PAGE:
WBUR

‘We’re Going To Have More Questions,’ Says Lawmaker Investigating Dispensary Licensing

The Massachusetts lawmaker investigating how the state is licensing medical marijuana dispensaries says he’s just getting started.

Rep. Jeffrey Sanchez, a Jamaica Plain Democrat, was selected by House Speaker Robert DeLeo to conduct the review, which comes after allegations that the state Department of Public Health didn’t adequately vet dispensary applicants before giving them provisional approval.

Sanchez has submitted a lengthy list of questions to the DPH, and when he spoke with WBUR’s All Things Considered host Sacha Pfeiffer she asked if he feels satisfied with the answers he’s gotten so far.

Jeffrey Sanchez: I have no doubt that we’re going to have more questions, just because their response was an 18-page response. So I could see us getting further into their answers to try and understand better how did they reach the conclusions that they have that allowed the applicants to move forward — the ones that did — and at the same time be able to understand how they’re moving forward, given all the attention that they’ve been receiving.

Sacha Pfeiffer: It seems that DPH has changed its rules or changed its procedures to vet the dispensary applicants since concerns about the process have been raised in the media. For example, the agency is now calling this the verification phase and saying that it hasn’t issued any provisional registrations, when clearly what they announced on January 31 was the applicants chosen to receive provisional registrations. So how do you respond to that?

Again, we’re still trying to get our arms around it. I don’t want to get caught up in technicalities. I want to be able to really understand how did they define “provisional” and what was the process that they utilized to get from the 100 and some-odd applications down to the 20 that they decided to move forward? And not only that, did they do background checks on everybody? And, if not, why didn’t they? Or were they trying to weed it down from the large pool of applicants down to a smaller pool?

I have in front of me the press release that went out from the Department of Public Health on January 31, and the headline says, “Massachusetts Approves 20 Registered Marijuana Dispensaries To Create Patient Access And Jobs Across The Commonwealth.” When you hear that language, “approves 20 registered dispensaries,” does it feel to you now like DPH is back-pedaling when it says this is only an early stage of provisional?

I didn’t see the press release so I’m not going to speak to that. I can’t speak to that. I just can say, again, we’re trying to understand the process that they outlined in front of us.

You made a reference to whether this could just be sort of be language or wording, and we’ve had a lot of those debates in our own newsroom about whether it’s semantic to argue over whether it’s a provisional [license]. But I’m wondering if you have an overall sense that as there’s been so much scrutiny by the press on this process, do you feel like DPH is kind of changing the terms in a protective maneuver?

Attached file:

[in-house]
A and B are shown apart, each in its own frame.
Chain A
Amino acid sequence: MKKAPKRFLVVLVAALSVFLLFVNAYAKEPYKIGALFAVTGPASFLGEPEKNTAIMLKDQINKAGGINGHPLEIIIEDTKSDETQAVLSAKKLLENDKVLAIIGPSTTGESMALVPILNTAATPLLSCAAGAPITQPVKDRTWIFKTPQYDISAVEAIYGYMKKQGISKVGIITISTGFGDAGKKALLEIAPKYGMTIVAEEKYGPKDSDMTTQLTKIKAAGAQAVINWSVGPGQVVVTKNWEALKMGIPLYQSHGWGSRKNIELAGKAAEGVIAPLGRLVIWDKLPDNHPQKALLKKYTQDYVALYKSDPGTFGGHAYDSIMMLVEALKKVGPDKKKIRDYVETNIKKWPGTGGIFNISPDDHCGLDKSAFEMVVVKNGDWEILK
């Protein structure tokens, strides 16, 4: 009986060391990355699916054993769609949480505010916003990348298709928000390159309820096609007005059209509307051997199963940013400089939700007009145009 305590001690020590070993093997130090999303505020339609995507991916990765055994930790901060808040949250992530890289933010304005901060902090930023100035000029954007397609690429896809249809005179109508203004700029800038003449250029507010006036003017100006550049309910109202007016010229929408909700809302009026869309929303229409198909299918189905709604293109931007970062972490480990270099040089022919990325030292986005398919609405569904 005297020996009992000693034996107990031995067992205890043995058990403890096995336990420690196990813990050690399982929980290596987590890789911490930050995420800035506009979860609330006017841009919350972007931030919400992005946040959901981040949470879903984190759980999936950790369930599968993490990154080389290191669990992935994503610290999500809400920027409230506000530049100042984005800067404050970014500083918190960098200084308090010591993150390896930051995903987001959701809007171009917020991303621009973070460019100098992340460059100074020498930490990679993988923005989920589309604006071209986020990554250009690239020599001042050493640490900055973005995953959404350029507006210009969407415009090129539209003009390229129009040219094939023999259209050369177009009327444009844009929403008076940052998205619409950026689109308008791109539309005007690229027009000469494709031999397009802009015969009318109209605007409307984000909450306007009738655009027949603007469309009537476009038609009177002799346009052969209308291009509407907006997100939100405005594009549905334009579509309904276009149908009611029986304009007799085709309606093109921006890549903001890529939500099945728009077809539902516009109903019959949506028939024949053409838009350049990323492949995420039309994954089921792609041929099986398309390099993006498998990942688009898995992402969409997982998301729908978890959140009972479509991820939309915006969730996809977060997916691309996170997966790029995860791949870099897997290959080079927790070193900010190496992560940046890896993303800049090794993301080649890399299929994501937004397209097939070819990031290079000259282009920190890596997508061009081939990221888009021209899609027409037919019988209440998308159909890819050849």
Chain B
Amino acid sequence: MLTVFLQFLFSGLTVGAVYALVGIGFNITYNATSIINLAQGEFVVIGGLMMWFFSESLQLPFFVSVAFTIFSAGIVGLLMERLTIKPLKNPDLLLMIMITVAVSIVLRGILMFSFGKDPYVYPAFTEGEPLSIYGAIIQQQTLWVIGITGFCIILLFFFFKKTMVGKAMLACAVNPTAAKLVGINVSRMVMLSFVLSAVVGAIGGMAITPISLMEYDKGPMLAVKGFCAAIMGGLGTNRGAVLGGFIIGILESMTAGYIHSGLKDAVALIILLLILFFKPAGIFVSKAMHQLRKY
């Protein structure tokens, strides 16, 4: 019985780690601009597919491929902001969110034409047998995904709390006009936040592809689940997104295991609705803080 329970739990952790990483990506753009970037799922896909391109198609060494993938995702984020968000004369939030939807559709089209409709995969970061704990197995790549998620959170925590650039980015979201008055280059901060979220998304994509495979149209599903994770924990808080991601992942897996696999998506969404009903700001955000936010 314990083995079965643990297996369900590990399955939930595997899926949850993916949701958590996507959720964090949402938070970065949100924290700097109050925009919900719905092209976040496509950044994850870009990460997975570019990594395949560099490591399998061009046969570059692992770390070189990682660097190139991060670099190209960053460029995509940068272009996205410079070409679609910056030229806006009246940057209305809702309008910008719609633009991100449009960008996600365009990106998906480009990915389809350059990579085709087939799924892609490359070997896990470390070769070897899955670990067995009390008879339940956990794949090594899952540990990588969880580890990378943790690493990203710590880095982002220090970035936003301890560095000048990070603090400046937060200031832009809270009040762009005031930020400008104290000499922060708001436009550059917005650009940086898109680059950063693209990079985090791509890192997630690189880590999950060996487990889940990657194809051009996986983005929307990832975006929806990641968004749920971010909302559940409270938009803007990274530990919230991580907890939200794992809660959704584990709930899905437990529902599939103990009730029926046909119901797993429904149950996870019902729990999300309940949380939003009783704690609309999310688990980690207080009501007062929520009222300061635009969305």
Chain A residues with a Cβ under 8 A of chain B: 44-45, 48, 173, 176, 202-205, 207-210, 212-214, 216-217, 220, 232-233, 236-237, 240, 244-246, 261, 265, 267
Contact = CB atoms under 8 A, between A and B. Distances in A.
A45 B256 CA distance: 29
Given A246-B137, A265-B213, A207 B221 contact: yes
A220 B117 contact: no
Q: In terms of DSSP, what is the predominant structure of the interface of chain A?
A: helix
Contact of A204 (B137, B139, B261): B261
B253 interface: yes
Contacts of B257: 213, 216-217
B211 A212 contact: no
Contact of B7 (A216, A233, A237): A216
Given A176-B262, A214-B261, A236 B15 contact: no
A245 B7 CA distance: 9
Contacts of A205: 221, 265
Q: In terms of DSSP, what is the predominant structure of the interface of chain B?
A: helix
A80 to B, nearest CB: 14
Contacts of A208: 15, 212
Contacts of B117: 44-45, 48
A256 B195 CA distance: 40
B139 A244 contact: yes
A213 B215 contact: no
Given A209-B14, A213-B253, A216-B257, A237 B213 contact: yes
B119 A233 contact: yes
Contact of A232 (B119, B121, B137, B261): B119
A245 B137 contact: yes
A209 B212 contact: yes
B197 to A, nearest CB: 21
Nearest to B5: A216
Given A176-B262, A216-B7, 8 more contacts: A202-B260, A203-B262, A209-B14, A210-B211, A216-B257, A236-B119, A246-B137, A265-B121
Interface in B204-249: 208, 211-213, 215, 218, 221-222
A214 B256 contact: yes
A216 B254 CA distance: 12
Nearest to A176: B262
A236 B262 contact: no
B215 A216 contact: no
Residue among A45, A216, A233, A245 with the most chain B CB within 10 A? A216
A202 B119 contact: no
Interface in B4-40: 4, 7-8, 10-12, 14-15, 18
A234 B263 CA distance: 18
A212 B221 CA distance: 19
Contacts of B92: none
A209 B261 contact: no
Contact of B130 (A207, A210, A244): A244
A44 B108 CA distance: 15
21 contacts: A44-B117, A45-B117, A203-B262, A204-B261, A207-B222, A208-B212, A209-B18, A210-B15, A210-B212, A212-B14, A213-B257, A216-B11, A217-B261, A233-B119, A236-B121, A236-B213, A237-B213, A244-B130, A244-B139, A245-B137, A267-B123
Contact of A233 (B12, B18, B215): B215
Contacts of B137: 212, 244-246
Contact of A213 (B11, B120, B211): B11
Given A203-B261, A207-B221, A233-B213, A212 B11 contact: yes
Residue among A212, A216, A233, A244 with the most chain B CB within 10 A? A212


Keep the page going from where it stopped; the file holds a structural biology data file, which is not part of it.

No, I can’t get into that right now. If you look at the broader picture, this entire process in every state has gone through this in one way or the other. I think what DPH was trying to do was try to go above what everybody else had done. Above and beyond. But in the practicality, it’s another world, and that’s what we want to understand . And I think that with the work all of you have done — you know, bringing attention to certain things — it’s helped inform us in the Legislature, as well.

The medical marijuana program director, Karen van Unen, said at the very top of her memo to you, her reply memo, that she’s “confident in the strength and integrity of the program structure and process.” How would you describe your level of confidence?

We definitely want to make sure that she’s living up to that statement. That’s why we’re doing what our responsibility is to the citizens of this commonwealth, to make sure that we’re responsible to what the voters wanted and passed, and making sure that it’s done in the highest ethical manner, especially given what this new industry means to the commonwealth. This is a brand-new industry. It will be an extremely lucrative industry. And, at the same time, there’s a lot of other things that could happen in and around this industry that we want to make sure that we’re able to control. We understand a lot of things from the California experience, the Colorado experience, in particular. And we want to make sure that Massachusetts doesn’t make the same mistakes that they have.

Related Coverage:

Please follow our community rules when engaging in comment discussion on wbur.org.
Most Popular